Asia's richest woman yesterday won an eight-year legal battle with her father-in-law for control of her dead husband's multibillion-dollar real estate empire.
Nina Wang, a charismatic businesswoman known for her colorful wardrobe and unusual haircuts, won a unanimous ruling from Hong Kong's five-member Court of Final Appeal granting her the US$3.5 billion Chinachem conglomerate.
The judges overturned a lower court judgment that she had forged the will of her husband, Teddy Wang Teh-huei, shortly before he was kidnapped in 1990 and vanished without a trace.
They ruled there was no real cause for suspicion that the document was a fake, as her 94-year-old father-in-law Wang Din-shin had claimed throughout the eight-year legal saga.
The case featured all the stuff of TV melodrama, with kidnappings, allegations of infidelity and mystery attacks, that kept the story of the bitter family dispute bubbling on the front pages of Hong Kong's newspapers.
Teddy Wang was kidnapped in 1990 but although the family paid US$60 million in ransom, he was never seen again. His body was never found, and he was legally declared dead nine years later.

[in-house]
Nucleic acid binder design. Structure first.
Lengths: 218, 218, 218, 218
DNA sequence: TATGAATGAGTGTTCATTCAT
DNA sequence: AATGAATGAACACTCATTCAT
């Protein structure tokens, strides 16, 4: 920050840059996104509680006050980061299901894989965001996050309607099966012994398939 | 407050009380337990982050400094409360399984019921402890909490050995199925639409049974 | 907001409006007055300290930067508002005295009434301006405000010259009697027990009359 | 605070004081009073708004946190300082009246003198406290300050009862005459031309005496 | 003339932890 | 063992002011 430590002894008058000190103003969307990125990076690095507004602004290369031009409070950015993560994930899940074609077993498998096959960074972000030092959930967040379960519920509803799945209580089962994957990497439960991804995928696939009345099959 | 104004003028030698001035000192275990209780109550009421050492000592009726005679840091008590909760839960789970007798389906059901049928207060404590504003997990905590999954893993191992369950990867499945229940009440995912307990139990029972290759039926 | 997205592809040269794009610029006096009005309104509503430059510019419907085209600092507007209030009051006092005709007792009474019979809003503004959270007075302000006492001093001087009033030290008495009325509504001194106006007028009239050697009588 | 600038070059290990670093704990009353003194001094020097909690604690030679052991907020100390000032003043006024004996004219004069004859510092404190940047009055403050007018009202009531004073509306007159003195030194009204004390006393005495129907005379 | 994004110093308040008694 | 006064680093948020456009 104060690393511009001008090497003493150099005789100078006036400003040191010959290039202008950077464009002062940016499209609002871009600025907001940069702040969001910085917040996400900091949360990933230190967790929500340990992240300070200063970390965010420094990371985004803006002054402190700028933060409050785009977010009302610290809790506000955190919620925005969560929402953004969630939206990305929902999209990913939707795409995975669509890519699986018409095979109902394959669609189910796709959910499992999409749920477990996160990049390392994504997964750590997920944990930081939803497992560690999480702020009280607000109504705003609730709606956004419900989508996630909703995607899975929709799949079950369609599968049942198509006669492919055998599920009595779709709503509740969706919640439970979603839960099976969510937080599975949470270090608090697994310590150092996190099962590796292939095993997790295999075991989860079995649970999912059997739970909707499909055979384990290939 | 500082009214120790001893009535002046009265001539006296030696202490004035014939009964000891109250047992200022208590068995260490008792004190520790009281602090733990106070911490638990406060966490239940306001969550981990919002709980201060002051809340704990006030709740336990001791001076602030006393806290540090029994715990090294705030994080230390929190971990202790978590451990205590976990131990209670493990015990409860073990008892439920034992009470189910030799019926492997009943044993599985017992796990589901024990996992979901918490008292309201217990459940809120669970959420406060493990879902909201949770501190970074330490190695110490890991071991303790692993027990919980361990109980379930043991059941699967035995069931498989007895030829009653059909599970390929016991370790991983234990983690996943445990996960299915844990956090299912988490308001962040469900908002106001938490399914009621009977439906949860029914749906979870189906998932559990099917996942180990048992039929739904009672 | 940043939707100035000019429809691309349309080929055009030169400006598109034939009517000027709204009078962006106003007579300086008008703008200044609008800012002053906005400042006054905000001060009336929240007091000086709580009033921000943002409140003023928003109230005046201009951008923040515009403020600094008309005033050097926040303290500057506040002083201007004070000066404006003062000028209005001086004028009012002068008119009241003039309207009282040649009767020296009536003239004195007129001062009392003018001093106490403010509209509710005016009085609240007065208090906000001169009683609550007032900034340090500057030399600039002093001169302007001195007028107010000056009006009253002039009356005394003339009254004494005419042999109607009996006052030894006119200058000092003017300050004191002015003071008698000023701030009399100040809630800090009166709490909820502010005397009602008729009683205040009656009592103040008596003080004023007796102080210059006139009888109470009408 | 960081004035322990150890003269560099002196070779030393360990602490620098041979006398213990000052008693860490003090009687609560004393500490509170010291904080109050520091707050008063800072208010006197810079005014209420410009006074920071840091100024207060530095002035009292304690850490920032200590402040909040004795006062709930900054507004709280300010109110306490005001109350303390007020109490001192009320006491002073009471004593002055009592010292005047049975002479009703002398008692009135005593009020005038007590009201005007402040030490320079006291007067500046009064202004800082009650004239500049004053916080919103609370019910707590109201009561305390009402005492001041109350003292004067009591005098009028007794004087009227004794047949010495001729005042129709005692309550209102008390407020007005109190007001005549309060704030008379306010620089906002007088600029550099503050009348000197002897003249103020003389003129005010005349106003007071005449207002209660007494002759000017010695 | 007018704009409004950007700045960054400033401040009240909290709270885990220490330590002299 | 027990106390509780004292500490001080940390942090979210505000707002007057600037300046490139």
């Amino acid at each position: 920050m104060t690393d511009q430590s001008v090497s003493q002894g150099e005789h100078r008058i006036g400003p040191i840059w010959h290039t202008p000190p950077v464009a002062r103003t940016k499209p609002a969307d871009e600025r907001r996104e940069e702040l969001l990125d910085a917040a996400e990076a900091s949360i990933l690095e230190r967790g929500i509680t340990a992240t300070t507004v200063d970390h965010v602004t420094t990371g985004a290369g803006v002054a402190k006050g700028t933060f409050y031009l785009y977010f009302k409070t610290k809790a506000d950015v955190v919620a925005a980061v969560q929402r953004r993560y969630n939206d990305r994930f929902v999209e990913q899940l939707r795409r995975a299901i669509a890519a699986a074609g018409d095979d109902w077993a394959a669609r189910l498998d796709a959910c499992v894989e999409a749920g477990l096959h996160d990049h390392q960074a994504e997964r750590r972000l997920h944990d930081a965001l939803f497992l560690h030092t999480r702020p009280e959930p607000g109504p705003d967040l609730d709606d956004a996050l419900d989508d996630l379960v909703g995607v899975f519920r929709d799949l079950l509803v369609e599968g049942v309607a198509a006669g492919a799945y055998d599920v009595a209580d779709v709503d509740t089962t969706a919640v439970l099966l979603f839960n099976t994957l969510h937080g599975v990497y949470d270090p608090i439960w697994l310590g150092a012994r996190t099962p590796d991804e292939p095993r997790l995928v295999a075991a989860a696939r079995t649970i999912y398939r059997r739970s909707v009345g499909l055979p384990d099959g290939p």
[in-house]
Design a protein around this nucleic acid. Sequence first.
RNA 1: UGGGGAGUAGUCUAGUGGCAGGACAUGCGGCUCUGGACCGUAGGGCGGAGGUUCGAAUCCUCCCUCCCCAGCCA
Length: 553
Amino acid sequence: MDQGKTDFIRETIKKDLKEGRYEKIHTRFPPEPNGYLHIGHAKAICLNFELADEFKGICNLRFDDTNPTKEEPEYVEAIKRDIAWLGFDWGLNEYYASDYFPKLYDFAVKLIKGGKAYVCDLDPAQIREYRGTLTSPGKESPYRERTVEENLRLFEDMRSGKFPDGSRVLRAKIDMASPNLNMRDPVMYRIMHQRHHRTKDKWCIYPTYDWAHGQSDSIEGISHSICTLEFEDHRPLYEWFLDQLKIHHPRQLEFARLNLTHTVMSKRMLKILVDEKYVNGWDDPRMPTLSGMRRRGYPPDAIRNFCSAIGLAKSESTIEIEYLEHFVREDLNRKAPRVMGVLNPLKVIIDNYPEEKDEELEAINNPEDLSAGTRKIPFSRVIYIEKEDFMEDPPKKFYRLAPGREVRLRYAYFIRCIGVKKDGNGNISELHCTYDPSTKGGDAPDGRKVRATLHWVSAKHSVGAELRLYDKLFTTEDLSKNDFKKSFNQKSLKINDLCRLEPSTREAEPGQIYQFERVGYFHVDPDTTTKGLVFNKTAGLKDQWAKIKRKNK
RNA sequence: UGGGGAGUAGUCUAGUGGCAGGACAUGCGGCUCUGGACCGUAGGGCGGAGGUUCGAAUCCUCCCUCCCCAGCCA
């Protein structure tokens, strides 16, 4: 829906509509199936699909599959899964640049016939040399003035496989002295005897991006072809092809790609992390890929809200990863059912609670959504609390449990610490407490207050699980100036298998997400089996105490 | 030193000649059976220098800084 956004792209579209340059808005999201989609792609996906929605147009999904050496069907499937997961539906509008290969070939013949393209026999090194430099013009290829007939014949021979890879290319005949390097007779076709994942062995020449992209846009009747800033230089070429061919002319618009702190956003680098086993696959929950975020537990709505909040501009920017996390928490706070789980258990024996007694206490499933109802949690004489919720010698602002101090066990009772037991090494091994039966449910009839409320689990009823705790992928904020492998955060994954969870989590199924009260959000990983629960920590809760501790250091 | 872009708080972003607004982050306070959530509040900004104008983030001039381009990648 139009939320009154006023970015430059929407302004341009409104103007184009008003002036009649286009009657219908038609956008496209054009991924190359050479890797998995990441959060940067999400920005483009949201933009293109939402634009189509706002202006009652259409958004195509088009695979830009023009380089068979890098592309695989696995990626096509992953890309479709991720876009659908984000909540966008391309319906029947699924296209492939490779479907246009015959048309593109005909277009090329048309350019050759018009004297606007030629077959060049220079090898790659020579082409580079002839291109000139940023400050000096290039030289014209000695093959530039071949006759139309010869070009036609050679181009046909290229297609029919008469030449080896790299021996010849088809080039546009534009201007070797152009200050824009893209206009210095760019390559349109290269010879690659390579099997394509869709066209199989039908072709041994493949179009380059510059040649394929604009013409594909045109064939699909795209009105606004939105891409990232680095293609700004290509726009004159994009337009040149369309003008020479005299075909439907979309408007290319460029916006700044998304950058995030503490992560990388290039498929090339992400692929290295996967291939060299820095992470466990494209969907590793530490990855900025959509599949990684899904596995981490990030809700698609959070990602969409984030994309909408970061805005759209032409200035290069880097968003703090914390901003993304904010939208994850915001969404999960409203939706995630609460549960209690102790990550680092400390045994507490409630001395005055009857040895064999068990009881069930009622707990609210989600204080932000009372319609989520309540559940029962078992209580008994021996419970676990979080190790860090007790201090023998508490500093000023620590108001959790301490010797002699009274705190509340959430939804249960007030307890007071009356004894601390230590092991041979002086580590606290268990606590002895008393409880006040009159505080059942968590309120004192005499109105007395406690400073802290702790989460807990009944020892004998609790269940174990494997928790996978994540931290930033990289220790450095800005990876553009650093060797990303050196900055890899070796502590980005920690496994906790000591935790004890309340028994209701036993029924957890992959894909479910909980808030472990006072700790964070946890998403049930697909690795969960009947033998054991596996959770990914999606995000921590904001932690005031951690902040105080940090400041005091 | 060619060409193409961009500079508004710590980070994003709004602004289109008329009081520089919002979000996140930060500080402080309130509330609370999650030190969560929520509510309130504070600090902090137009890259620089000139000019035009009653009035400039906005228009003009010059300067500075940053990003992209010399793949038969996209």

Nina Wang had long insisted her husband was still alive and would someday return to her.
The case turned on one key issue, whether the 1990 will naming her as the sole beneficiary was a forgery. Two other wills were presented in court.
Wang was dubbed "Little Sweetie" by local media for her trademark pigtails and is famous for her frugality. She spends just HK$3,000 per month.
Forbes magazine this year estimated Nina Wang's personal fortune at US$3.1 billion, 188th in their ranking of the world's richest people.
She reportedly receives regular death threats and has a team of 50 bodyguards watching over around the clock.
Thursday night, her brother Kung Yan-sum -- who testified on her side -- was savagely beaten by four men with wooden bats in Hong Kong. His dog was also assaulted.